Dell Supports UT’s Mission, On Campus and Beyond
Big things happen when companies invest in The University of Texas at Austin. For proof just look at Dell, Inc., which is working with UT to change lives in Central Texas and in the far corners of the world.
Through the years, Dell, Inc., has given almost $22 million to the university. That’s not including the Michael and Susan Dell Foundation, which in 2006 gave $50 million to help build the Dell Pediatric Research Institute and the state-of-the-art complex now rising along Speedway as the new home for the Department of Computer Science. In 2011 alone, Dell, Inc., gave $14.8 million in funds, goods, and services to many areas of the university, including UT Elementary School, the Texas Advanced Computing Center, the LBJ School of Public Affairs, and the McCombs School of Business.
At UT Elementary School, East Austin students use Dell computers to gain the computer literacy they will need to succeed in the world. The award-winning research-based demonstration school has benefited greatly from its long-term partnership with Dell to bridge the digital divide, infuse technology into everyday learning, and build the science, technology, engineering, and math skills of today’s students. To bring this vision to life, Dell has launched a signature program, Dell YouthConnect. With the support of Dell, every student in every classroom has access to laptop computers, an opportunity children might not have at home. In addition to their classroom activities, students work with Dell equipment and volunteers in an after-school digital storytelling project.
With Dell as a technology partner, the Texas Advanced Computing Center (TACC) is enabling discoveries that advance science and society through the application of high-performance computing technologies. In 2009, Professor Lauren Meyers, director of UT’s Division of Statistics and Scientific Computation, used TACC’s Lonestar 3 supercomputer (a TACC/Dell collaboration) to predict how the emergent strain of H1N1 flu was spreading and to determine the best intervention strategies in a project supporting the U.S. Centers for Disease Control. More recently, after the March 2011 earthquake and tsunami in Japan, researchers used the updated Dell/Intel-powered Lonestar 4 to help calculate and visualize the size and progression of the seismic waves from that event as they passed through the earth’s crust.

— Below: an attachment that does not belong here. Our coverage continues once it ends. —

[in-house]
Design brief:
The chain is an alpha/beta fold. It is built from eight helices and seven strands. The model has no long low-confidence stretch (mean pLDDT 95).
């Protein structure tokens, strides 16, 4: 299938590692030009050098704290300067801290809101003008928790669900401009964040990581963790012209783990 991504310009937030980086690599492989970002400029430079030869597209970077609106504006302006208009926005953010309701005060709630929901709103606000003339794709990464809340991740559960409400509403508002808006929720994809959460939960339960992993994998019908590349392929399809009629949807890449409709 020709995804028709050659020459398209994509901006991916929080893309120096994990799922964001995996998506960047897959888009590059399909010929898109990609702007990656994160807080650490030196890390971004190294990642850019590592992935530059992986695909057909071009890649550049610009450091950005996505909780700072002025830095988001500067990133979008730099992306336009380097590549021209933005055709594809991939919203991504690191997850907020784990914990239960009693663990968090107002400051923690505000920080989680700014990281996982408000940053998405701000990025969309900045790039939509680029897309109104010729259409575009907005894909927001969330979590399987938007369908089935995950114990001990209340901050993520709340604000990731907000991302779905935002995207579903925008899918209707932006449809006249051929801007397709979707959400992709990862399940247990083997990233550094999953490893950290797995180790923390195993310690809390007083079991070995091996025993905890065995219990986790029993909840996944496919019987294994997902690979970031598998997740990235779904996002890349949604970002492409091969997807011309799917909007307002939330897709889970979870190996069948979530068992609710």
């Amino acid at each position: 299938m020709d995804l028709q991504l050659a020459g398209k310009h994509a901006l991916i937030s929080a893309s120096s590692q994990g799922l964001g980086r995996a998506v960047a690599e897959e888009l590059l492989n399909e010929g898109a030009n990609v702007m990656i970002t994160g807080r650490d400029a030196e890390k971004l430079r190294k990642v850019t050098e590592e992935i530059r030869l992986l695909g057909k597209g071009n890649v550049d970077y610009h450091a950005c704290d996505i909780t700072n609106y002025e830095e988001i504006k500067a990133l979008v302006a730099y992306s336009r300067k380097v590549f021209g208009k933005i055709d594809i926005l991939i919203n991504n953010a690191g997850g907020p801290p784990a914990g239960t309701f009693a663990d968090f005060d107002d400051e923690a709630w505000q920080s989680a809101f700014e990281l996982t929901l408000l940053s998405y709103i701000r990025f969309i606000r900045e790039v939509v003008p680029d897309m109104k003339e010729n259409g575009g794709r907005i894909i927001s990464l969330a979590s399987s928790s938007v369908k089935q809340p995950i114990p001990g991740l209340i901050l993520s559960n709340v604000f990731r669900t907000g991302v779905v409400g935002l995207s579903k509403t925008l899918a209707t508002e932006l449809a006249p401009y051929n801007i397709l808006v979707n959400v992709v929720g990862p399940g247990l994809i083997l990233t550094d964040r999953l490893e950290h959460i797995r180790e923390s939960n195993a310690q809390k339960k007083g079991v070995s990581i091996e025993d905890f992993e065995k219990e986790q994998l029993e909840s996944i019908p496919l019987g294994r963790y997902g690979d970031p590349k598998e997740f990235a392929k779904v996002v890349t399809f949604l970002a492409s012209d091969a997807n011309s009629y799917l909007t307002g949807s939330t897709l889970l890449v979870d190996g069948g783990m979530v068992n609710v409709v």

Meanwhile, student projects started as part of the Dell Social Innovation Challenge in the LBJ School of Public Affairs provided power to more than 150 Indian villages and led to more than a hundred girls being educated in a Kenyan slum. The Dell Challenge invites college students to propose projects aimed at solving a particular social problem and then rewards the best proposals with funding to implement solutions. Via this unique form of entrepreneurship, students dedicated to changing the world change themselves along the way through their participation. In addition to the Indian and Kenyan projects, students have supported more than 4,000 HIV-affected families in Rwanda and employed more than 300 people in other developing countries.
Finally, Dell’s partnership with the McCombs School of Business illustrates the impact a company can have on advancing business education. The company shares its executives’ expertise and thought leadership in finance, information management, marketing, and supply chain management through visiting speakers, class trips to Dell offices, and hands-on practicum projects for students. It’s no surprise that some of the nation’s most qualified business graduates join the company after their time at McCombs. Dell was the No. 1 employer of UT MBAs in 2010-11. Its investment in McCombs has grown beyond recruiting to become a far-reaching partnership that has played an important role in advancing key initiatives across the school.
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